Olympics ‘can open door to dialogue and peace-building’, says IOC

The International Olympic Committee says the Olympic Games can “set an example” to the world on unity and building bridges as it continues to explore the possibility of Russian athletes competing in Paris next year.

The IOC has faced heavy criticism in some quarters for examining ways that athletes from Russia and Belarus could participate in the Games as neutrals amid the ongoing invasion of Ukraine.

A group of more than 30 nations – including the UK – issued a collective statement on Monday calling for the ban on those athletes to continue.

In a statement issued to mark the one-year anniversary of the invasion being launched by Russia, the IOC said it had shown “unwavering solidarity” to the people and athletes of Ukraine but insisted its mission was to promote peace through sport, citing how athletes from warring nations like North and South Korea, Israel and Palestine and Armenia and Azerbaijan had competed in the same Games in the past.

“During the Olympic Games, athletes from 206 different National Olympic Committees live together in peace in the Olympic Village,” the statement read.

“Peace-building efforts need dialogue. A competition with athletes who respect the Olympic Charter can serve as a catalyst for dialogue, which is always a first step to achieving peace.

“The Olympic Games cannot prevent wars and conflicts. Nor can they address all the political and social challenges in our world. This is the realm of politics.

“But the Olympic Games can set an example for a world where everyone respects the same rules and one another.

“They can inspire us to solve problems by building bridges, leading to better understanding among people. They can open the door to dialogue and peace-building in ways that exclusion and division do not.”

Government representatives from more than 30 nations, including the UK, have called on the IOC to continue to exclude athletes from Russia and Belarus. The IOC did issue a recommendation to international sports federations in the days immediately after the start of the invasion that they should exclude those athletes from their competitions, but IOC president Thomas Bach has since said that was only a measure intended to “protect” those athletes.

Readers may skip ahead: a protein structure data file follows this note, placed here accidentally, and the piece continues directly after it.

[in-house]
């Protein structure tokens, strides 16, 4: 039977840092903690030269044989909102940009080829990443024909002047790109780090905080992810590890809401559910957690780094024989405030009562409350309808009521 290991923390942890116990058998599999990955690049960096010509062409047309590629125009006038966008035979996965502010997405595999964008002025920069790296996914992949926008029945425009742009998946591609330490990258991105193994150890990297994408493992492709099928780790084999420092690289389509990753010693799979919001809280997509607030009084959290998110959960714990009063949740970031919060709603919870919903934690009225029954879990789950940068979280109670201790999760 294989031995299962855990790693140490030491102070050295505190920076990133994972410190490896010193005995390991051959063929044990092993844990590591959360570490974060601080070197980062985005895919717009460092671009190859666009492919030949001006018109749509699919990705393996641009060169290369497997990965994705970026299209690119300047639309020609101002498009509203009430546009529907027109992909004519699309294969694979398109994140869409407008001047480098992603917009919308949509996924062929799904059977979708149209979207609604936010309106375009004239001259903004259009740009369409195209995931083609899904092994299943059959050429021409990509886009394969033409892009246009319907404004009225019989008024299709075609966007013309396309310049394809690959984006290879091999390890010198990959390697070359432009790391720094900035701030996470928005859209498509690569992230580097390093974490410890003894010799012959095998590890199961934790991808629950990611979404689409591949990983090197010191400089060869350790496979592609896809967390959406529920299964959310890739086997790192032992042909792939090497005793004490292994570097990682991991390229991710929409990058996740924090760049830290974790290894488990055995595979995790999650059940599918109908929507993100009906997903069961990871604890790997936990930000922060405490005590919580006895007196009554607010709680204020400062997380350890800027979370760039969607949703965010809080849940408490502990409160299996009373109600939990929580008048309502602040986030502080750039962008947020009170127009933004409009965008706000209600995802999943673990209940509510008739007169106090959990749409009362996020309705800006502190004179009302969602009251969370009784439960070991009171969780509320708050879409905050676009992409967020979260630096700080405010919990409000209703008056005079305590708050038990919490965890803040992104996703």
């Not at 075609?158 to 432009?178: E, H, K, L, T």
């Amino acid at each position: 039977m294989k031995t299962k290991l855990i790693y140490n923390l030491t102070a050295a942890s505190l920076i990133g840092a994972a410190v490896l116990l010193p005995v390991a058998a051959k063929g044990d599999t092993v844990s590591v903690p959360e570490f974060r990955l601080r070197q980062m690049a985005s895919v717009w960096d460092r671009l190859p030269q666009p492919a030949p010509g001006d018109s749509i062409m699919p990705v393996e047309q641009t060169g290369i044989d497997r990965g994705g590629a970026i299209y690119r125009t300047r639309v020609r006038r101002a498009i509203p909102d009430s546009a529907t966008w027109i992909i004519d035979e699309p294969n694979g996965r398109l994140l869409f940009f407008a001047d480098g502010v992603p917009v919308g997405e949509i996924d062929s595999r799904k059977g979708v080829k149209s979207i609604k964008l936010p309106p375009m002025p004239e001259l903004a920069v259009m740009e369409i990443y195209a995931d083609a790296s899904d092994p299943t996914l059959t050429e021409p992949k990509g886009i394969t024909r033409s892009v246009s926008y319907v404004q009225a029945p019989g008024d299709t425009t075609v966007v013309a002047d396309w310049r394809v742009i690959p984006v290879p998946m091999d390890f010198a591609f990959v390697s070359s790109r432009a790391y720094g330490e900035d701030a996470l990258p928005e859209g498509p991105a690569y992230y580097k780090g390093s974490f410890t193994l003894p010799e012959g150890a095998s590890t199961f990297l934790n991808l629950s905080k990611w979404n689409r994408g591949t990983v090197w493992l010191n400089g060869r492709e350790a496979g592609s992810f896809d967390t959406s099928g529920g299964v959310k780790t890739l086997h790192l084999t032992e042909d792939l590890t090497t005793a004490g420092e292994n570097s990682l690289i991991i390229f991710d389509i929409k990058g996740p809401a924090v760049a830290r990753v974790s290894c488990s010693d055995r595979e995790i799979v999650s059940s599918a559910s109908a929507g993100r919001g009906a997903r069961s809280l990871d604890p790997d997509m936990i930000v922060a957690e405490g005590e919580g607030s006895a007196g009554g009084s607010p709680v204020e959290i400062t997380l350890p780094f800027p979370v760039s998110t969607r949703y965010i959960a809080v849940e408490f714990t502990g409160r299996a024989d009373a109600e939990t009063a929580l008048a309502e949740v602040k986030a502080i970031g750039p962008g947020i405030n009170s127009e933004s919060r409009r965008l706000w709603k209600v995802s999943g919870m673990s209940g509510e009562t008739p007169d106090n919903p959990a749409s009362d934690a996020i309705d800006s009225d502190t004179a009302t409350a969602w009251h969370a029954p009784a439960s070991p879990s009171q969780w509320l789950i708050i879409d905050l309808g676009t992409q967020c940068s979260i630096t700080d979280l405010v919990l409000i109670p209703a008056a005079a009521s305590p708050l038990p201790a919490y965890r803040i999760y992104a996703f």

He now argues Russian and Belarusian athletes should not be discriminated against because of the passports they hold.

Culture Secretary Lucy Frazer chaired a meeting of more than 30 nations to discuss Russian participation at next year's Olympic Games
Culture Secretary Lucy Frazer chaired a meeting of more than 30 nations to discuss Russian participation at next year’s Olympic Games (Stefan Rousseau/PA)

The group of more than 30 like-minded nations had issued an earlier statement last July saying, based on the non-discrimination principle, it supported those athletes competing as neutrals.

However, their statement on Monday pointed out: “In Russia and Belarus, sport and politics are closely intertwined. We have strong concerns on how feasible it is for Russian and Belarusian Olympic athletes to compete as ‘neutrals’ – under the IOC’s conditions of no identification with their country – when they are directly funded and supported by their states (unlike, for example, professional tennis players).

“The strong links and affiliations between Russian athletes and the Russian military are also of clear concern. Our collective approach throughout has therefore never been one of discrimination simply on the basis of nationality, but these strong concerns need to be dealt with by the IOC.”

The UK’s Culture Secretary Lucy Frazer said the nations agreed that Russian president Vladimir Putin “cannot use sport to legitimise his actions on the world stage”.